As we enter another month of May we can’t help but turn our thoughts to Mary, the Mother of the Lord and our dear spiritual Mother. For whatever reason some people have difficulty relating to the Blessed Mother. On the other hand, tens of millions of us love her dearly and can’t understand why anyone wouldn’t. I have always thought, “If she’s good enough for Jesus, She’s good enough for you!”
We find ourselves caught in a violent spiritual war today. We need all of the help we can get. One of the greatest aids God has given us is the gift of His own Mother. We are foolhardy indeed if we refuse or fail to avail ourselves of this powerful gift.
Pray the Rosary every day. If we do not do this I’m afraid we’ll bear much of the responsibility for the state of the world-which is catastrophic. Can God bless a country that formally and legally embraces such human rights abuses as the genocide of abortion? Can God look fondly on a world that sanctions things such as fetal stem cell research, human cloning, and gay marriage? These things constitute an assault on life itself, yet the average person is apparently too dull witted or morally blind to see this.
At decisive times in human history, when all seemed dark, desperate, and nearly lost, the Church turned to Mary, the Mother of the Lord and our Mother, the Woman Clothed with the Sun. She interceded for poor humanity with her Son and won the day. We are at such crossroads now and this May let’s not fail to turn to her in all of our needs. Everything we give to her, all of our prayers, go immediately to Jesus, Who gives them to the Father in the power of the Holy Spirit.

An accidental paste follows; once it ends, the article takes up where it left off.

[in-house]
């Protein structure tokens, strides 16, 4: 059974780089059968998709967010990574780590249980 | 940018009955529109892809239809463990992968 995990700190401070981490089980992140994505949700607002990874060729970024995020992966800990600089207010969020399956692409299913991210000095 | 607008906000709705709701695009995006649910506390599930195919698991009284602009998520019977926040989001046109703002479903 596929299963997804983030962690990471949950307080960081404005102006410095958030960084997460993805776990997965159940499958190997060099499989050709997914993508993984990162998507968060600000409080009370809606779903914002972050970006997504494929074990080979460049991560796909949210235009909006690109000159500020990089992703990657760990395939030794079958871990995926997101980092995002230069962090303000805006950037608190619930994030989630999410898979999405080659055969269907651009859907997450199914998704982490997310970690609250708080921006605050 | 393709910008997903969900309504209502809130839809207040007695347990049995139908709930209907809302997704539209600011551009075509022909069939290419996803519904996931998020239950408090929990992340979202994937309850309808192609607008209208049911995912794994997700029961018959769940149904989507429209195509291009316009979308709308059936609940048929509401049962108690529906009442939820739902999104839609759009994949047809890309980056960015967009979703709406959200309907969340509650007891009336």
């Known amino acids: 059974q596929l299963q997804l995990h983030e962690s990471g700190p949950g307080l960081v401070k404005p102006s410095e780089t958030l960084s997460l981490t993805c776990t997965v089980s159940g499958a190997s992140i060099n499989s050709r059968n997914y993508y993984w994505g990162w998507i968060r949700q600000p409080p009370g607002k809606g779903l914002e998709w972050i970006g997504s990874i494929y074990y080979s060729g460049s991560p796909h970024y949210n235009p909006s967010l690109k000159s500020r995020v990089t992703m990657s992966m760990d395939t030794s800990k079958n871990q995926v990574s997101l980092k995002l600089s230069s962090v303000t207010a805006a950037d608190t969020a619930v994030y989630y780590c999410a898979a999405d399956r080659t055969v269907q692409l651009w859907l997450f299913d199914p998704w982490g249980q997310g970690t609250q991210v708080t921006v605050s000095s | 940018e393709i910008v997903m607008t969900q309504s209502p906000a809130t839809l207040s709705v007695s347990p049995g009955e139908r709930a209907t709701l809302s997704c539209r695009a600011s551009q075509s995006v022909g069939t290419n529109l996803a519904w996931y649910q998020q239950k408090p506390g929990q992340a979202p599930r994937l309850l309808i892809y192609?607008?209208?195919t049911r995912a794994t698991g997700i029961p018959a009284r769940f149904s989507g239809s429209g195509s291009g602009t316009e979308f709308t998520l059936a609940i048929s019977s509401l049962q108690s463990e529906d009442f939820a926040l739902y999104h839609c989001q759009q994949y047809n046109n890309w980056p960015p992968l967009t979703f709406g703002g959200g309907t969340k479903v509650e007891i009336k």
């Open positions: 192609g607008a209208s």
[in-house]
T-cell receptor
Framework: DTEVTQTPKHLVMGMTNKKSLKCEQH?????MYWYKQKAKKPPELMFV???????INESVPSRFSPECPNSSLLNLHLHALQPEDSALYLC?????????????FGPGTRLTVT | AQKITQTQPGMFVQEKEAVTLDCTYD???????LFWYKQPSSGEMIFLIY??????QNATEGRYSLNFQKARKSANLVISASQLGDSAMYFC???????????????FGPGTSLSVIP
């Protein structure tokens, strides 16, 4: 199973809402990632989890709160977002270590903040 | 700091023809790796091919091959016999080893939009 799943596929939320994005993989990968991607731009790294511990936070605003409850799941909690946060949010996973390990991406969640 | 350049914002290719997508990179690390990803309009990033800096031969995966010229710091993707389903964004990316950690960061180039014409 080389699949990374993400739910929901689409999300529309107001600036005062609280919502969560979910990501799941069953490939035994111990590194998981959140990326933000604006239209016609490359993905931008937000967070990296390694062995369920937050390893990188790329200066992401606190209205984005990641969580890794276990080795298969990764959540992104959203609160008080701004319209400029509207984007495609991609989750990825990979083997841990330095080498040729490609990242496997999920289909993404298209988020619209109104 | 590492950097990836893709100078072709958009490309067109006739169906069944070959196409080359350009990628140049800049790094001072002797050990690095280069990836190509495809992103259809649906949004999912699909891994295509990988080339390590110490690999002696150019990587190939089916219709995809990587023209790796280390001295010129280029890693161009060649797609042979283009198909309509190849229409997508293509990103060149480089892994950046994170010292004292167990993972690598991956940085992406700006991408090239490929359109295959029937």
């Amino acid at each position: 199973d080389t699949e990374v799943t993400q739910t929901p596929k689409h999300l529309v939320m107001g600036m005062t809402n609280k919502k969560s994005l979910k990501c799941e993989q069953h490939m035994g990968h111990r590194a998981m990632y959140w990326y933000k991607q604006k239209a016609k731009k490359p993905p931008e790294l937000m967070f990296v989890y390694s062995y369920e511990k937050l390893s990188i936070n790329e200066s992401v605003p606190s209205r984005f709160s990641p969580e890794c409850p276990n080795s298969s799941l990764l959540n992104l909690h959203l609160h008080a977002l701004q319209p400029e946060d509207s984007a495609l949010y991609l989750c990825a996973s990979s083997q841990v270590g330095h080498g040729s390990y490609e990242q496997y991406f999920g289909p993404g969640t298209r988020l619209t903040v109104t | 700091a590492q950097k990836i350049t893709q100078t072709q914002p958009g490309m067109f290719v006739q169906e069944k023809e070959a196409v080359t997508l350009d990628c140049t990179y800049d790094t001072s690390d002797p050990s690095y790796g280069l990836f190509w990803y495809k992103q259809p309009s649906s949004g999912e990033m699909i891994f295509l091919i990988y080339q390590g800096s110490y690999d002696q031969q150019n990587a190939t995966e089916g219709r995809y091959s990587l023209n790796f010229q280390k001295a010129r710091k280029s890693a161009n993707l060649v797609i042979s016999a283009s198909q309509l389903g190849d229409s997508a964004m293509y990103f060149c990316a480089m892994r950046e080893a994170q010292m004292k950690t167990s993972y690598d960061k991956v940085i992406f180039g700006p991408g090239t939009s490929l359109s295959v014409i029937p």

I strongly urge you to totally consecrate yourself to Jesus through Mary, pray the Rosary every day, and have confidence in her maternal intercession. Above all love your Mother, for I promise you-your Mother loves you.
What is your first response when you hear someone refer to the mother of Jesus Christ as the “Co-redemptrix”?
Extreme? Excessive pietism, even if well-intended? Heresy? Only Jesus is the Redeemer. If not directly heresy, then extremely dangerous? At least anti-ecumenical? At best confusing?
Witness of the Saints
Now let’s look at some people who have in fact called the Virgin Mary the Co-redemptrix: John Paul II (on six different occasions); Bl. Mother Teresa of Calcutta; St. Padre Pio, stigmatic wonder worker of the 20th century; Sr. Lucia, the Fatima visionary; St. Francis Cabrini, the first American citizen to be canonized; St. Jose Maria Escriva, founder of the Opus Dei; St. Edith Stein, co-patroness of Europe; papal theologians Cardinals Ciappiand Cottier; contemporary Church leaders such as Cardinal Schönborn, General Secretary of the Catechism of the Catholic Church; Mother Angelica, foundress of worldwide Catholic television and radio network EWTN; and a host of other saints, popes, mystics, prelates, theologians, doctors of the Church, and lay leaders, with an ecclesial line of succession dating back to the 14th century.
Do we see dangerous extremism, heresy, or any anti-ecumenical spirit in people like John Paul II and Mother Teresa? Would saints like Padre Pio and Mother Cabrini participate in Marian excess to the detriment of Jesus and his Church? Would Cristoph Cardinal Schönborn, general editor of the Catechism of the Catholic Church, use and defend the Co-redemptrix title if it were in any way unorthodox or theologically questionable? Would a Fatima visionary use, explain and defend the Co-redemptrix title six times in her last great writing, Calls from the Message of Fatima, when doing so would be offensive to the Holy See, who granted the imprimatur to her book? Or, even more, to Our Lady herself, with whom Sr. Lucia experienced direct mystical communications for decades?
Why, then, would we fear calling Mary the Co-redemptrix with Jesus, the divine Redeemer of humanity, when these pontiffs, saints, theologians and mystics for the past 700 years have done so?
What do people like John Paul II, Mother Teresa, Padre Pio and the throng of saints, mystics, and popes, precisely mean when they say that Mary is the Co-redemptrix? First of all, let’s be clear as to what do they not mean: 1.) They do not mean that Mary is equal to Jesus. 2.) They do not mean that Mary has an equal share in the redemption of the human family. This would indeed be heresy.
What they do mean when they refer to the Mother of Christ as the Co-redemptrix is that Mary uniquely cooperated with Jesus and entirely subordinate to and dependent upon Jesus, in the historic work of human Redemption.